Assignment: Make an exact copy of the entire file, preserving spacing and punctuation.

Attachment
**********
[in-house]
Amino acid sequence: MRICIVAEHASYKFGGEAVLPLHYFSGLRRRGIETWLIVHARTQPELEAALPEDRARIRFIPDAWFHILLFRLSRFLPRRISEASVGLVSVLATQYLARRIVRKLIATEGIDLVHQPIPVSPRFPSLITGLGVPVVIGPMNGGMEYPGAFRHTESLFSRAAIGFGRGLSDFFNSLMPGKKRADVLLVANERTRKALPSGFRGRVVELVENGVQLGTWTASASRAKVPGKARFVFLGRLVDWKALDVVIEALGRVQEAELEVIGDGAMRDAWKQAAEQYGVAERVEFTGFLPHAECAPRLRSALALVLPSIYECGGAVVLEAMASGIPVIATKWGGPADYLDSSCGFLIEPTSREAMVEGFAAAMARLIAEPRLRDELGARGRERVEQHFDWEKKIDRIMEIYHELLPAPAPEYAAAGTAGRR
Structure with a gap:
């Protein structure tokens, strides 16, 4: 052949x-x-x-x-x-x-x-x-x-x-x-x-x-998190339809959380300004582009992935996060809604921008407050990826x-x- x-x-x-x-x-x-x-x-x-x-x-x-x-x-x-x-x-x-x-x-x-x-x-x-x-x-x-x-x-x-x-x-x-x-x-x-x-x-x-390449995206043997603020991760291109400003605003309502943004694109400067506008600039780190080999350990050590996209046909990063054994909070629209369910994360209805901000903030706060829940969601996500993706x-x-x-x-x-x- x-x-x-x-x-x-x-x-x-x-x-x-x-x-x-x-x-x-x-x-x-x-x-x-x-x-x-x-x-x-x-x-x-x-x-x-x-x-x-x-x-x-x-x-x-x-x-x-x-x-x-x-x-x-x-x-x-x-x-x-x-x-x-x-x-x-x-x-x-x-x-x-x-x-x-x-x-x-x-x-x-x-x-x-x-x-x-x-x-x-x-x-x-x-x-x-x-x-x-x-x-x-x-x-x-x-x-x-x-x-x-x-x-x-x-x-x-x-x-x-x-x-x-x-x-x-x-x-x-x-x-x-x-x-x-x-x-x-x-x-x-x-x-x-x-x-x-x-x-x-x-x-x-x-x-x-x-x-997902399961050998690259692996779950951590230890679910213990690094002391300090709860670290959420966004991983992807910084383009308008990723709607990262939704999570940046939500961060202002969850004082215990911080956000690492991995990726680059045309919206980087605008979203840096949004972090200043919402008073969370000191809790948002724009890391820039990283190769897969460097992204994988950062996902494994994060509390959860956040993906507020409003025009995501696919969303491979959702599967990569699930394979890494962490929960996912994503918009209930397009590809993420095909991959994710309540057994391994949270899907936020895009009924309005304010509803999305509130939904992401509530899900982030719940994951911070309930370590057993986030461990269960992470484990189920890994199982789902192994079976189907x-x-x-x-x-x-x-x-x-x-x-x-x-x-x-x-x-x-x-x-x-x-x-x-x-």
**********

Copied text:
[in-house]
Amino acid sequence: MRICIVAEHASYKFGGEAVLPLHYFSGLRRRGIETWLIVHARTQPELEAALPEDRARIRFIPDAWFHILLFRLSRFLPRRISEASVGLVSVLATQYLARRIVRKLIATEGIDLVHQPIPVSPRFPSLITGLGVPVVIGPMNGGMEYPGAFRHTESLFSRAAIGFGRGLSDFFNSLMPGKKRADVLLVANERTRKALPSGFRGRVVELVENGVQLGTWTASASRAKVPGKARFVFLGRLVDWKALDVVIEALGRVQEAELEVIGDGAMRDAWKQAAEQYGVAERVEFTGFLPHAECAPRLRSALALVLPSIYECGGAVVLEAMASGIPVIATKWGGPADYLDSSCGFLIEPTSREAMVEGFAAAMARLIAEPRLRDELGARGRERVEQHFDWEKKIDRIMEIYHELLPAPAPEYAAAGTAGRR
Structure with a gap:
């Protein structure tokens, strides 16, 4: 052949x-x-x-x-x-x-x-x-x-x-x-x-x-998190339809959380300004582009992935996060809604921008407050990826x-x- x-x-x-x-x-x-x-x-x-x-x-x-x-x-x-x-x-x-x-x-x-x-x-x-x-x-x-x-x-x-x-x-x-x-x-x-x-x-x-390449995206043997603020991760291109400003605003309502943004694109400067506008600039780190080999350990050590996209046909990063054994909070629209369910994360209805901000903030706060829940969601996500993706x-x-x-x-x-x- x-x-x-x-x-x-x-x-x-x-x-x-x-x-x-x-x-x-x-x-x-x-x-x-x-x-x-x-x-x-x-x-x-x-x-x-x-x-x-x-x-x-x-x-x-x-x-x-x-x-x-x-x-x-x-x-x-x-x-x-x-x-x-x-x-x-x-x-x-x-x-x-x-x-x-x-x-x-x-x-x-x-x-x-x-x-x-x-x-x-x-x-x-x-x-x-x-x-x-x-x-x-x-x-x-x-x-x-x-x-x-x-x-x-x-x-x-x-x-x-x-x-x-x-x-x-x-x-x-x-x-x-x-x-x-x-x-x-x-x-x-x-x-x-x-x-x-x-x-x-x-x-x-x-x-x-x-x-997902399961050998690259692996779950951590230890679910213990690094002391300090709860670290959420966004991983992807910084383009308008990723709607990262939704999570940046939500961060202002969850004082215990911080956000690492991995990726680059045309919206980087605008979203840096949004972090200043919402008073969370000191809790948002724009890391820039990283190769897969460097992204994988950062996902494994994060509390959860956040993906507020409003025009995501696919969303491979959702599967990569699930394979890494962490929960996912994503918009209930397009590809993420095909991959994710309540057994391994949270899907936020895009009924309005304010509803999305509130939904992401509530899900982030719940994951911070309930370590057993986030461990269960992470484990189920890994199982789902192994079976189907x-x-x-x-x-x-x-x-x-x-x-x-x-x-x-x-x-x-x-x-x-x-x-x-x-």